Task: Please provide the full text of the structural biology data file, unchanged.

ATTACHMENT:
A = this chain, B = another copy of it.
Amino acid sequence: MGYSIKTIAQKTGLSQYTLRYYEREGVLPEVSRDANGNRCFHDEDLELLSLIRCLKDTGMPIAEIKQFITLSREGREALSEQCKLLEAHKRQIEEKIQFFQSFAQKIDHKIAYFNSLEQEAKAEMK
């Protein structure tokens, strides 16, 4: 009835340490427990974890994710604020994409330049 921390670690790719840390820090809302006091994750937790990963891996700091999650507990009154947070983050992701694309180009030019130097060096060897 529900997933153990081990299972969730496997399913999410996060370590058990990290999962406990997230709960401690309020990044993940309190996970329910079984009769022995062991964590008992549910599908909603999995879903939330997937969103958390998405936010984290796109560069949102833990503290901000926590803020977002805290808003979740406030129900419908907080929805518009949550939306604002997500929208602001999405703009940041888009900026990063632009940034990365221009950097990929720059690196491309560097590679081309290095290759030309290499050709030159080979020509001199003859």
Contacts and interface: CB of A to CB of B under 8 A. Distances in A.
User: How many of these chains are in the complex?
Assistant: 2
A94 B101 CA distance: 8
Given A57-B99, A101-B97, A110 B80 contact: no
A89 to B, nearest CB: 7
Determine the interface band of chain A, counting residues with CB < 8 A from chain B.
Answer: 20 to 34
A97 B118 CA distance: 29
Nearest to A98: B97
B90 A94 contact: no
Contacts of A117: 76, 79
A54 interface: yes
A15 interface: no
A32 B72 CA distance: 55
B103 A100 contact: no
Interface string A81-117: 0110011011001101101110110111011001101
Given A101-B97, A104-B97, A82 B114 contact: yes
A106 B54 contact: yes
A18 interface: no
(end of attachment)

A = this chain, B = another copy of it.
Amino acid sequence: MGYSIKTIAQKTGLSQYTLRYYEREGVLPEVSRDANGNRCFHDEDLELLSLIRCLKDTGMPIAEIKQFITLSREGREALSEQCKLLEAHKRQIEEKIQFFQSFAQKIDHKIAYFNSLEQEAKAEMK
């Protein structure tokens, strides 16, 4: 009835340490427990974890994710604020994409330049 921390670690790719840390820090809302006091994750937790990963891996700091999650507990009154947070983050992701694309180009030019130097060096060897 529900997933153990081990299972969730496997399913999410996060370590058990990290999962406990997230709960401690309020990044993940309190996970329910079984009769022995062991964590008992549910599908909603999995879903939330997937969103958390998405936010984290796109560069949102833990503290901000926590803020977002805290808003979740406030129900419908907080929805518009949550939306604002997500929208602001999405703009940041888009900026990063632009940034990365221009950097990929720059690196491309560097590679081309290095290759030309290499050709030159080979020509001199003859």
Contacts and interface: CB of A to CB of B under 8 A. Distances in A.
User: How many of these chains are in the complex?
Assistant: 2
A94 B101 CA distance: 8
Given A57-B99, A101-B97, A110 B80 contact: no
A89 to B, nearest CB: 7
Determine the interface band of chain A, counting residues with CB < 8 A from chain B.
Answer: 20 to 34
A97 B118 CA distance: 29
Nearest to A98: B97
B90 A94 contact: no
Contacts of A117: 76, 79
A54 interface: yes
A15 interface: no
A32 B72 CA distance: 55
B103 A100 contact: no
Interface string A81-117: 0110011011001101101110110111011001101
Given A101-B97, A104-B97, A82 B114 contact: yes
A106 B54 contact: yes
A18 interface: no